The EU is reviewing the rules on Bathing Water monitoring. I have made a submission addressing
- the ongoing failure to identify traditional and heavily used swimming locations;
- the refusal to monitor locations used for contact water sports, even where the discharge of treated effluent means there is a potential health risk to the public;
- the fact that monitoring is only over a short summer season, not throughout the year when people are actually swimming.
I am a Councillor for the Howth / Malahide Area on Fingal County Council and Mayor of Fingal. I am also a member of Friends of Balscadden Bay, a group concerned to protect, maintain and improve public access to Balscadden Beach in Howth.
Failure to identify traditional swimming locations
The identification of bathing waters doesn’t work properly in Ireland. Balscadden Beach, which became a popular swimming location for visitors from Dublin since the railway opened in 1847 and remains intensively visited by swimmers is not on the list of bathing waters. This is despite repeated requests to Fingal County Council over the last decade from Friends of Balscadden Bay (FOBB) and raising our concerns about the non-inclusion with the Environmental Protection Agency. I attach information about the Beach from FOBB.
Other popular and traditional swimming locations in the area such as at High Rock and Low Rock, Malahide are also not on the list of bathing waters.
I don’t know exactly what changes are required to the EU rules to ensure that the places where large numbers of people swim are identified, but it’s clear to me that changes are needed.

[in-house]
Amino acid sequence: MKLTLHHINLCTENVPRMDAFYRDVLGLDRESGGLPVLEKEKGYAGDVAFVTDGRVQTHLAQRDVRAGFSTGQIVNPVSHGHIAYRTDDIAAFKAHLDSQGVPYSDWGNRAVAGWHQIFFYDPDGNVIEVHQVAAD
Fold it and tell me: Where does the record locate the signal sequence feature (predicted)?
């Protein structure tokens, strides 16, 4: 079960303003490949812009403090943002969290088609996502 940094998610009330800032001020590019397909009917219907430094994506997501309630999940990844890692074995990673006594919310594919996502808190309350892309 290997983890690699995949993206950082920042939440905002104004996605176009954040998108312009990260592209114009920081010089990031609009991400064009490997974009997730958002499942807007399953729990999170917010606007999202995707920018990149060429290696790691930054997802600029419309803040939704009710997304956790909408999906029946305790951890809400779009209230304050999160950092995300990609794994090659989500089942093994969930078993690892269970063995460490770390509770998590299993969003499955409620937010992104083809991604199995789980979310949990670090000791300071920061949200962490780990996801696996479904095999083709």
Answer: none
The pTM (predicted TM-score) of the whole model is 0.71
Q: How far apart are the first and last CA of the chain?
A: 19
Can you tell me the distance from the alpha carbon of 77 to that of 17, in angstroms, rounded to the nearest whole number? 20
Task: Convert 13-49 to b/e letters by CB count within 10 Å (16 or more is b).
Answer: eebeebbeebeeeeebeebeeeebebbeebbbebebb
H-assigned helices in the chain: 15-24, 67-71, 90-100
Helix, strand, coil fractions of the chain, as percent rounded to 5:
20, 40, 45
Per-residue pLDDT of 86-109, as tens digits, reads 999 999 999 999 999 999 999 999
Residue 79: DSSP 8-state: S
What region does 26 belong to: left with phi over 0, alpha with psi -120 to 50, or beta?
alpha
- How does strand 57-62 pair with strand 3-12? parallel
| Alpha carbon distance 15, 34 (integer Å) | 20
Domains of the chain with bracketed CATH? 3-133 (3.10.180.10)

Waters used for water sports, in particular Broadmeadow Estuary
I understand that the definition of bathing in the Bathing Water Directive is considered by both EU and Irish authorities to exclude water used for sailing, kayaking, and other water sports unless significant numbers of people are also swimming there without being involved in the other water sports. This is the answer I received when I raised the issue of water quality testing in Broadmeadow Estuary, which is used for sailing, windsurfing and kayaking training, including as an inherent part of that training, capsize drills and deliberate immersion by the children being trained.
The situation of Broadmeadow Estuary is a particularly striking example. The Estuary receives effluent from the Swords Urban Wastewater Treatment Plant, licensed by the Environmental Protection Agency under licence D0024-01. The EPA Inspector’s report, based on which the above referenced licence was granted included the following advice for the Board of the Agency in making its decision:
“The Broadmeadow Estuary is extensively used for water sports and while it is not designated as a bathing water, the Local Authority has stated its objective of ensuring that the waters in both the inner and outer estuaries are suitable for contact water sports in terms of bacteriological quality and other relevant water quality parameters.”
Despite this commitment, Irish Water (which has taken over the licence from the Local Authority) have confirmed that neither they nor anyone else is carrying out monitoring of bacteriological quality in the Estuary which is used for contact water sports.
Fingal County Council have confirmed that it is not carrying out monitoring due to the definition of bathing as not including contact water sports even if swimming and immersion are an inherent part of those sports.
Short Bathing Season
Ireland only measures water quality during a short summer bathing season. In reality people swim all year long in all of our bathing waters. We have a major problem in Dublin with closure of beaches due to overflows from the urban sewage network. We should be ensuring the monitoring of bathing waters at all times at which sewage overflows and effluent discharges could affect the health of swimmers, bathers and contact water sport practitioners.